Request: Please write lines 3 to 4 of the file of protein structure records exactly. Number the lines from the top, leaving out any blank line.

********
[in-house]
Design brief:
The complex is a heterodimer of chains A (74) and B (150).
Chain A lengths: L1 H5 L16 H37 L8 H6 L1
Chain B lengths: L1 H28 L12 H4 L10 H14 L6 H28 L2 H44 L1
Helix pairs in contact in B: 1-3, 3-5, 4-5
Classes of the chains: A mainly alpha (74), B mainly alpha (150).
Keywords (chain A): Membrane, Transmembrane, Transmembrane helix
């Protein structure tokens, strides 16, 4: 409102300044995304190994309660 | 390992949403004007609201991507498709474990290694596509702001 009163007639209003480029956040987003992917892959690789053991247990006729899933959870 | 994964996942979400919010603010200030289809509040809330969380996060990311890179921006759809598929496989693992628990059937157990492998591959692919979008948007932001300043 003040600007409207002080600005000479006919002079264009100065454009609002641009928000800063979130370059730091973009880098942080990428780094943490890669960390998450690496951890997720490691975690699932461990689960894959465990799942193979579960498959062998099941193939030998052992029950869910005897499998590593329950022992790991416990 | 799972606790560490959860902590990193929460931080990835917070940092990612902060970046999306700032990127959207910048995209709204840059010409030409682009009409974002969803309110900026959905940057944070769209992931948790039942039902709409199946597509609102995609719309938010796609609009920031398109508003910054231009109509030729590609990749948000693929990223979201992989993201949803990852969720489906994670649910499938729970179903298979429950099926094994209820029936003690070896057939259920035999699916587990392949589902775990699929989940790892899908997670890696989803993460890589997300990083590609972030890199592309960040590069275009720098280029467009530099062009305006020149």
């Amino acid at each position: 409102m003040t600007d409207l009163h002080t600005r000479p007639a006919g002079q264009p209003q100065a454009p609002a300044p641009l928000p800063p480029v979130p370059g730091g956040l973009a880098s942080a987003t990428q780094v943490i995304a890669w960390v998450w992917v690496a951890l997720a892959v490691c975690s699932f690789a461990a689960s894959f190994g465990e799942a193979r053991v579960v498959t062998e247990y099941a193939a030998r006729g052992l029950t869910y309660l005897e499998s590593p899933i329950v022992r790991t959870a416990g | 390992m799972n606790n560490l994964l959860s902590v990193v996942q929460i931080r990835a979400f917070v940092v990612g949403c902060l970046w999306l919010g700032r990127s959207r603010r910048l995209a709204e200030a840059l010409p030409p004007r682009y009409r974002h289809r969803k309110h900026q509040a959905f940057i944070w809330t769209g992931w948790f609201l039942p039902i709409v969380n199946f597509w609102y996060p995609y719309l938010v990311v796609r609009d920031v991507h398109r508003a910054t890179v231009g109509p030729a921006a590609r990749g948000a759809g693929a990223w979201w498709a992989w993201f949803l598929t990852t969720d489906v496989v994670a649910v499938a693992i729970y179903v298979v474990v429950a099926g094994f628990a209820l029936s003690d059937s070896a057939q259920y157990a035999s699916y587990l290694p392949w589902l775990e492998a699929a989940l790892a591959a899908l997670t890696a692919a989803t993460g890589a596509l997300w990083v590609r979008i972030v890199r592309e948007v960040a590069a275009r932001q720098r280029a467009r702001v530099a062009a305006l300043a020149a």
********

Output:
The complex is a heterodimer of chains A (74) and B (150).
Chain A lengths: L1 H5 L16 H37 L8 H6 L1